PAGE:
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MASSIVE ACID SPILL: Mexico closes 88 schools after 10 million gallons of acid spills from copper mine

By Catholic Online (NEWS CONSORTIUM)
8/20/2014 (3 years ago)
Catholic Online (www.catholic.org)

Nearly a million people affected by ecological disaster

An ecological disaster of momentous proportion is unfolding near the U.S. - Mexico border after a massive acid spill from a copper mine has found its way into waterways. Up to 5,000 school children will be kept out of 88 schools for a week as 800,000 people have been affected by the spill.

Officials are working to de-acidify the two rivers by adding heaps of calcium to the water. Acid levels are dropping, Mexico's National Water Commission said, but the water is still not totally safe.

Officials are working to de-acidify the two rivers by adding heaps of calcium to the water. Acid levels are dropping, Mexico's National Water Commission said, but the water is still not totally safe.

Highlights

By Catholic Online (NEWS CONSORTIUM)
Catholic Online (www.catholic.org)
8/20/2014 (3 years ago)

Published in Americas

Keywords: Acid spill, Northern Mexico, drinking water, school closure, Buenavista Copper Mine


LOS ANGELES, CA (Catholic Online) - A faulty holding pond at the Buenavista Copper Mine spilled acid into two major Mexican rivers. Workers at the scene are now trying frantically to clean the area.

School children in the state of Sonora had their first day of school delayed because officials feared they may come in contact with the sulfuric acid-contaminated water.

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Both Bacanuchi and Sonora rivers spread the leakage throughout northern Mexico.

Both Bacanuchi and Sonora rivers spread the leakage throughout northern Mexico.


Ten million gallons of acids from the Buenavista Copper Mine spilled into the two rivers on August 6, posing a substantial threat to much of Northern Mexico.

Both Bacanuchi and Sonora rivers spread the leakage throughout northern Mexico. At least 40 thousand cubic meters of sulfuric acid over the course of five days have seriously polluted the Sonora River.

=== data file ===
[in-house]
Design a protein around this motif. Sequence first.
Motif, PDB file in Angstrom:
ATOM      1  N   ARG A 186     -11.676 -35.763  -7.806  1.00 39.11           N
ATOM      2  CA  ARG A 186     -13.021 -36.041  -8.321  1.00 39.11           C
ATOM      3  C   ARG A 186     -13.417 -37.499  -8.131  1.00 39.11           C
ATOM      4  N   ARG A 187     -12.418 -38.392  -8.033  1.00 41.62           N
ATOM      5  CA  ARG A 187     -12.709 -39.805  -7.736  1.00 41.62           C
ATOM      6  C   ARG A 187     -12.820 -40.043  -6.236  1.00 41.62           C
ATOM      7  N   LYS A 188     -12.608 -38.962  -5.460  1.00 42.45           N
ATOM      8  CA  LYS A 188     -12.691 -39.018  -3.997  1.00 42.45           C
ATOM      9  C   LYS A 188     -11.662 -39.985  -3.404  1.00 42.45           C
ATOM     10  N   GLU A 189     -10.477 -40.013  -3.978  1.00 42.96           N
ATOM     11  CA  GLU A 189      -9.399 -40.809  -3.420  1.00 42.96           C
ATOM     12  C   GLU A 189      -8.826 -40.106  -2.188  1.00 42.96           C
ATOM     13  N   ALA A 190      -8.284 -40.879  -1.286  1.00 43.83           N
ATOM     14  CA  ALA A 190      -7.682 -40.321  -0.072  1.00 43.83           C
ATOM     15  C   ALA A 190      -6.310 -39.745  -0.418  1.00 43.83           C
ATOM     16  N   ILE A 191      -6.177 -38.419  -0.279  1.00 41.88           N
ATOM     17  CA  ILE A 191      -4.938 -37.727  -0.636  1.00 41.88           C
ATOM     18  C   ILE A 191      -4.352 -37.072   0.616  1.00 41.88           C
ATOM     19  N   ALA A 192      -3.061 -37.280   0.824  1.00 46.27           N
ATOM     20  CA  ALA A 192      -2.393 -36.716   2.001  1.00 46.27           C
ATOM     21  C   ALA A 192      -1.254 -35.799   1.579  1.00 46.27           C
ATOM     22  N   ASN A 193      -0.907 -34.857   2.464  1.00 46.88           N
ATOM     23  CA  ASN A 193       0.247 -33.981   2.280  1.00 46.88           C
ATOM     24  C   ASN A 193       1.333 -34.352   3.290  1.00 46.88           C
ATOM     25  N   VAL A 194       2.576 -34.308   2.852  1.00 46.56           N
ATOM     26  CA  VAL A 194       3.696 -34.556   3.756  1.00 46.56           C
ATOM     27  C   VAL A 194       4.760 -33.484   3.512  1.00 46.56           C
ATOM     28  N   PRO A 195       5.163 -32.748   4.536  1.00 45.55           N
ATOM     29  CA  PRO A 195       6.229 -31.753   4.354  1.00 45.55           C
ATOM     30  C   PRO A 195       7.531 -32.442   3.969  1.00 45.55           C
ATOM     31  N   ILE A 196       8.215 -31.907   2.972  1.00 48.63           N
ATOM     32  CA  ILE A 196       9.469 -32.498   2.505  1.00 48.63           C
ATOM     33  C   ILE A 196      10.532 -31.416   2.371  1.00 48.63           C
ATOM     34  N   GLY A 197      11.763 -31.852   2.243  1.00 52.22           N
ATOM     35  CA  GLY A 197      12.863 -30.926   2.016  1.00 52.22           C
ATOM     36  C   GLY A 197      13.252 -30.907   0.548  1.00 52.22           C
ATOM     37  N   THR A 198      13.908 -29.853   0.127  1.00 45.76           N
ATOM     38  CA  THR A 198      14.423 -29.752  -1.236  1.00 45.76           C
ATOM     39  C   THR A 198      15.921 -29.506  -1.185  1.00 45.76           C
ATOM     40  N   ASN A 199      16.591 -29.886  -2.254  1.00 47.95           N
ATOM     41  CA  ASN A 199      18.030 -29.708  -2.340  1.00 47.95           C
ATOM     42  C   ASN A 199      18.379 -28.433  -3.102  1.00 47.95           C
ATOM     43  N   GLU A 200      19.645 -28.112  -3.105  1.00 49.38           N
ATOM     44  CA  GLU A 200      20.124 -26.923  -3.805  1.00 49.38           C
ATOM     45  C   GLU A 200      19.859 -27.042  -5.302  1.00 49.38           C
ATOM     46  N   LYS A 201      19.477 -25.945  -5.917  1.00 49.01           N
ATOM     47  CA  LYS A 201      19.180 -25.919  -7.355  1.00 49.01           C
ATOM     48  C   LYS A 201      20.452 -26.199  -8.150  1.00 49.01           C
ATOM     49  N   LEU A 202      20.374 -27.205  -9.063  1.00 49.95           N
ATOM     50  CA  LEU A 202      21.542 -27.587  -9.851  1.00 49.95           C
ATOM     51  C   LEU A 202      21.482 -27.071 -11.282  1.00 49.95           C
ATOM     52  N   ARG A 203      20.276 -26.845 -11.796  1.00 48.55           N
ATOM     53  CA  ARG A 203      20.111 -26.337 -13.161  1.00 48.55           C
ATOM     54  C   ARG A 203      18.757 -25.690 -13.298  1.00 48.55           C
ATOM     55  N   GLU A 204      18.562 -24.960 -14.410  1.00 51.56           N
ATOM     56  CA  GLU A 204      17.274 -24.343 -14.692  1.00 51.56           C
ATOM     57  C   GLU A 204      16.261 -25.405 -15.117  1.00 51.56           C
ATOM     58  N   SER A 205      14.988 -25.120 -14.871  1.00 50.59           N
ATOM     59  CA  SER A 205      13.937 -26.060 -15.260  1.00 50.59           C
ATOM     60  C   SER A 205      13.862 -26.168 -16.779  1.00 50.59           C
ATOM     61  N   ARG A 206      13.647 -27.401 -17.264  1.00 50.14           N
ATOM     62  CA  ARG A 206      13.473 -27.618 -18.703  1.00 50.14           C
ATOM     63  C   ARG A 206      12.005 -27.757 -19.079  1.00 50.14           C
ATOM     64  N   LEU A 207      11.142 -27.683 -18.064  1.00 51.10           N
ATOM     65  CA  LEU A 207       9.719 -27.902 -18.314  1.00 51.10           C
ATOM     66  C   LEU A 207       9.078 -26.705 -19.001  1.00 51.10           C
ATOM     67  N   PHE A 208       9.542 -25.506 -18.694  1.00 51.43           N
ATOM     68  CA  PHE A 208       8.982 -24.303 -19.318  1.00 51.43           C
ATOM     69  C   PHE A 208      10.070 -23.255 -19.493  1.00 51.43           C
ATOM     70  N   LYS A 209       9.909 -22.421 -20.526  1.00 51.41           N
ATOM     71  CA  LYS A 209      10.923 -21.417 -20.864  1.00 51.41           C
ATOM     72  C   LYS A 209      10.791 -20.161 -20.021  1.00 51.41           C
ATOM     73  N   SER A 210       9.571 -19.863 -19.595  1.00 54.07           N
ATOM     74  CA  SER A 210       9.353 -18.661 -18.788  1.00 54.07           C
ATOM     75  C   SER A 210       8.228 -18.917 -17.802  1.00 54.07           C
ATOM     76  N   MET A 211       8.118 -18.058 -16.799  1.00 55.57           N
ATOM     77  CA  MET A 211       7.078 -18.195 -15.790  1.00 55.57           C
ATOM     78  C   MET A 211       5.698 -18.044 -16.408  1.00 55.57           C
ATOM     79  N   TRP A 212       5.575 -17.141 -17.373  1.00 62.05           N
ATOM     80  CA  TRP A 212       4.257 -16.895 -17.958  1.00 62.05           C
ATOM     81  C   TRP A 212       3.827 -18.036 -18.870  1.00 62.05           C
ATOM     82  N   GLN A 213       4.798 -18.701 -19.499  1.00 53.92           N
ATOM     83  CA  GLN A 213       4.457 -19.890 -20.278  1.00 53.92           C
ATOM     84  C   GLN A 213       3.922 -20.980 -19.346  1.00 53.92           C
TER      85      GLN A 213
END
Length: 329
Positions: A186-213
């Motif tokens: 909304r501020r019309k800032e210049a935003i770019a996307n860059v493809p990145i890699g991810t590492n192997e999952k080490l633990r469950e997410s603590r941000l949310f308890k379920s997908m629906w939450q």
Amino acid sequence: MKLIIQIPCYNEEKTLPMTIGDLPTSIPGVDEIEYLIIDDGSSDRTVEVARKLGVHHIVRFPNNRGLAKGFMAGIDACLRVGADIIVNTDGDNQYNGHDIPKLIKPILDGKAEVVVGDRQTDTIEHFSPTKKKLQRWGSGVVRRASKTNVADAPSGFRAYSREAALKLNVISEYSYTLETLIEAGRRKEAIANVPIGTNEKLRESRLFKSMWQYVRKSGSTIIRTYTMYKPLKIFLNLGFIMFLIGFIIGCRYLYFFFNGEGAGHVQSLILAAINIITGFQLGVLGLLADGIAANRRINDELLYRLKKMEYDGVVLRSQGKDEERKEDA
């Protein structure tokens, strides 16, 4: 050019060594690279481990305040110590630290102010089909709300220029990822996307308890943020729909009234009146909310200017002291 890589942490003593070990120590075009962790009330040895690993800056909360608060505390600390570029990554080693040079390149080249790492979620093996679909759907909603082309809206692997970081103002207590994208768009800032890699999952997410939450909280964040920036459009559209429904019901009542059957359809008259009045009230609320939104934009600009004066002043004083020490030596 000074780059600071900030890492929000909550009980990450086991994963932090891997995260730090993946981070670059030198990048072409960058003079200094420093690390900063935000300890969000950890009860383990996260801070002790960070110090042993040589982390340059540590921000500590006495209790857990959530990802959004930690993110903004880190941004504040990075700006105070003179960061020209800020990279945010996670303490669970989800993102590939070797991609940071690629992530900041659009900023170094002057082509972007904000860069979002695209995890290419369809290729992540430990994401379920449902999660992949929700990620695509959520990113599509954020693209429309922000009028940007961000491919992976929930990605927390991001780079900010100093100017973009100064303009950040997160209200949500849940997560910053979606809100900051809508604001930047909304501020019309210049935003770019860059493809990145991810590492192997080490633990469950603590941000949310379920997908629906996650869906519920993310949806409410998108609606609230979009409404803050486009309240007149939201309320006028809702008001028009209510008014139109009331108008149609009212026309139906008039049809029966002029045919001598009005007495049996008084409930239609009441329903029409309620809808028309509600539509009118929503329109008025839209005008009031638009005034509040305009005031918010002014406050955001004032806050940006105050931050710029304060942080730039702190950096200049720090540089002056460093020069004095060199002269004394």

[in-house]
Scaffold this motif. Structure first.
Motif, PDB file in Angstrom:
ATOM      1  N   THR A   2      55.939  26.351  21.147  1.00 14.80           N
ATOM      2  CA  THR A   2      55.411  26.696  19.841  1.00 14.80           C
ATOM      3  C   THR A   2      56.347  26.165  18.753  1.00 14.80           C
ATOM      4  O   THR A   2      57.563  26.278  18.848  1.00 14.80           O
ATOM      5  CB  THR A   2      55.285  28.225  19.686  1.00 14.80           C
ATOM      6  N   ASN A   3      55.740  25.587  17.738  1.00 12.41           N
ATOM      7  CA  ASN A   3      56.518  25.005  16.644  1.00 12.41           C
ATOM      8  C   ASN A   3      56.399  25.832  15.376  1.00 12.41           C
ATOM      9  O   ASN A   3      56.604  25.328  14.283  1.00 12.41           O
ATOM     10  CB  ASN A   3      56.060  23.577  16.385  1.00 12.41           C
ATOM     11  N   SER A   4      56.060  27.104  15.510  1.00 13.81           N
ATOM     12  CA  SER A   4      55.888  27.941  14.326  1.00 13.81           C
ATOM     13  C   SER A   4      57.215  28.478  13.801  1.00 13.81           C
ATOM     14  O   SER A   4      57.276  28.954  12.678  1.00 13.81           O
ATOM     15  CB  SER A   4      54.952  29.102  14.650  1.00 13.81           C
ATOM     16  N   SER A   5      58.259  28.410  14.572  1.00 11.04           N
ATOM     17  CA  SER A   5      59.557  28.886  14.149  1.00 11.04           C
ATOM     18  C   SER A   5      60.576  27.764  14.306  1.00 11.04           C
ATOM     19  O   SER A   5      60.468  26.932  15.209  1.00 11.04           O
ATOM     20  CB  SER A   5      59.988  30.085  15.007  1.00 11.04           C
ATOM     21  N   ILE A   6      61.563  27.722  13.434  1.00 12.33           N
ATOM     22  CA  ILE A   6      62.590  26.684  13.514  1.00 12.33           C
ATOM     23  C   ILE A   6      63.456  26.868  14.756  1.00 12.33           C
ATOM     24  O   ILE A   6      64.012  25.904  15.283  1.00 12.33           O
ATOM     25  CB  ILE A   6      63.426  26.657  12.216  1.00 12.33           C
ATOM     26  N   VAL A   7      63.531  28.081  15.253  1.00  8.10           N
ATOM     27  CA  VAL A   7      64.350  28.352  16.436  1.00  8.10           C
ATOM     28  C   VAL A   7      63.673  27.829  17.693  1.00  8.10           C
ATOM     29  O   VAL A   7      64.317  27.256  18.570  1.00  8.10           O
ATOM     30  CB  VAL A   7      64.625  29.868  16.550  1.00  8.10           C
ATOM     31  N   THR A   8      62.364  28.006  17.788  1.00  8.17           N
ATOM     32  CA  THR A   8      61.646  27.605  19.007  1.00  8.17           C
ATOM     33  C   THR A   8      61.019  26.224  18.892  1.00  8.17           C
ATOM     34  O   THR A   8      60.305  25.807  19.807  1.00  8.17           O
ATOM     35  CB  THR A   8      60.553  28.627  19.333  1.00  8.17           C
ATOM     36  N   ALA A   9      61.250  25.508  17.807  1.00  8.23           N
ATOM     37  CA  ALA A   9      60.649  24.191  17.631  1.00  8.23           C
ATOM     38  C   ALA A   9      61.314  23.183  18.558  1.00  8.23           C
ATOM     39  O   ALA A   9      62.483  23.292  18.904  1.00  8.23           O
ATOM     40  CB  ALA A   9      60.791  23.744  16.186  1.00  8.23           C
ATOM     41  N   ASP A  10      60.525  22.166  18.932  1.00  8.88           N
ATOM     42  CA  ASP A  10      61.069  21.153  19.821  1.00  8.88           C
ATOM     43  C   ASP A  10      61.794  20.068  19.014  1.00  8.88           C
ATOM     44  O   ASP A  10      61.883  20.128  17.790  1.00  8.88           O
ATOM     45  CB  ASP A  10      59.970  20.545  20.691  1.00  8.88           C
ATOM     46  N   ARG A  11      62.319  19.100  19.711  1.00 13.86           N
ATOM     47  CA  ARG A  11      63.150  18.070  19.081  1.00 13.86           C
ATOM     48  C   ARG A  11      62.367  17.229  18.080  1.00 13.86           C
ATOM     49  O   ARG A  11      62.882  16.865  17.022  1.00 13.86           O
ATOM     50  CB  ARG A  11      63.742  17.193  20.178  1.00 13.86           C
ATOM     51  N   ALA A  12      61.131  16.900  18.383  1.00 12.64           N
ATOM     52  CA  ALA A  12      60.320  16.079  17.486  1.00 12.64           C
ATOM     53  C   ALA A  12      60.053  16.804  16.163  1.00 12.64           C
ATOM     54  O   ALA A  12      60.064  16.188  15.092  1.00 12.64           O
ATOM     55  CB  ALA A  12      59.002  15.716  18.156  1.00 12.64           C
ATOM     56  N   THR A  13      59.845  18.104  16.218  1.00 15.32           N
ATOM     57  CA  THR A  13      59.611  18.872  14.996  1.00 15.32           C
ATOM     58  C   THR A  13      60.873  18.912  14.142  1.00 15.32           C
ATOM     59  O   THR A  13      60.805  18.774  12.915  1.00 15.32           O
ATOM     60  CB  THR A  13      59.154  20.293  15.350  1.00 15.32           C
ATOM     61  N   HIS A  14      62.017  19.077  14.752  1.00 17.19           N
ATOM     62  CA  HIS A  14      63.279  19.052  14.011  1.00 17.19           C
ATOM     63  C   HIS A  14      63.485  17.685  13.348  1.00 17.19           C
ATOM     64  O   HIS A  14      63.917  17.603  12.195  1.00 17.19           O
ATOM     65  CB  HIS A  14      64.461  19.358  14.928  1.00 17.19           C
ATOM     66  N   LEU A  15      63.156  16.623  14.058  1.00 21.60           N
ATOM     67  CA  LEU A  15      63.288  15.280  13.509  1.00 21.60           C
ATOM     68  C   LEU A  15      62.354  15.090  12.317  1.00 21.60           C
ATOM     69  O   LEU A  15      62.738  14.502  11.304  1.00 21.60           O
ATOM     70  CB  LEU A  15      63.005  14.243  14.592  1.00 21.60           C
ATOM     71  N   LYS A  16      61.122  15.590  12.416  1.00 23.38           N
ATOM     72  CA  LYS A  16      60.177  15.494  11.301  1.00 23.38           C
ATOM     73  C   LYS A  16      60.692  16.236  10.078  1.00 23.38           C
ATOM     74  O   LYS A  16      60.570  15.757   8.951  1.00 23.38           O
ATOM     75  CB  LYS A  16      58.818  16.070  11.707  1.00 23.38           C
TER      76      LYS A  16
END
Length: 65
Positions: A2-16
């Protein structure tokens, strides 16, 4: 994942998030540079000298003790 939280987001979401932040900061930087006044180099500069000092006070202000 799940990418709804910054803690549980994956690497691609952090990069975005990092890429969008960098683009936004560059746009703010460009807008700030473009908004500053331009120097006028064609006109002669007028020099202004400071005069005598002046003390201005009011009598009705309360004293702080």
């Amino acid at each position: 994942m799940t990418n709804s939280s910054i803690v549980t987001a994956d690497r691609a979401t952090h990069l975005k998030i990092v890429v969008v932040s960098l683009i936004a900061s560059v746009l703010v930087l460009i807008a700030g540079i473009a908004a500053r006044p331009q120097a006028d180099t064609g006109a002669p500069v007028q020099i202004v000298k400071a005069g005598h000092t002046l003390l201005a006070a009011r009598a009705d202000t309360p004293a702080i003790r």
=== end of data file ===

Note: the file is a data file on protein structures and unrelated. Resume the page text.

The acid caused an orange stain along a 37-mile stretch of the river bordered by the towns of Arizpe

The acid caused an orange stain along a 37-mile stretch of the river bordered by the towns of Arizpe, Banamichi, Vabiacora, Aconchi, Cananea, Ures and Hermosillo.


The acid caused an orange stain along a 37-mile stretch of the river bordered by the towns of Arizpe, Banamichi, Vabiacora, Aconchi, Cananea, Ures and Hermosillo. More than 20,000 people still remain without drinking water.

Mexico's National Human Rights Commission said it was investigating the incident. More than a quarter of Mexico's mining activity is located in the Sonora region, making it the country's top producer of gold, copper and graphite.

The leak likely stemmed from defects in newly built holding ponds at the mine.

The leak likely stemmed from defects in newly built holding ponds at the mine.


The leak likely stemmed from defects in newly built holding ponds at the mine.

Officials are working to de-acidify the two rivers by adding heaps of calcium to the water. Acid levels are dropping, Mexico's National Water Commission said, but the water is still not totally safe.

Lax regulations contributed to the problem, Arturo Rodriguez, the head of industrial inspection for

Lax regulations contributed to the problem, Arturo Rodriguez, the head of industrial inspection for the Attorney General for Environmental Protection claims.


The agency will continue to monitor water until most of the chemicals are gone.

Lax regulations contributed to the problem, Arturo Rodriguez, the head of industrial inspection for the Attorney General for Environmental Protection claims. The mine should have detected the spill before so much of the acid got out, he added.

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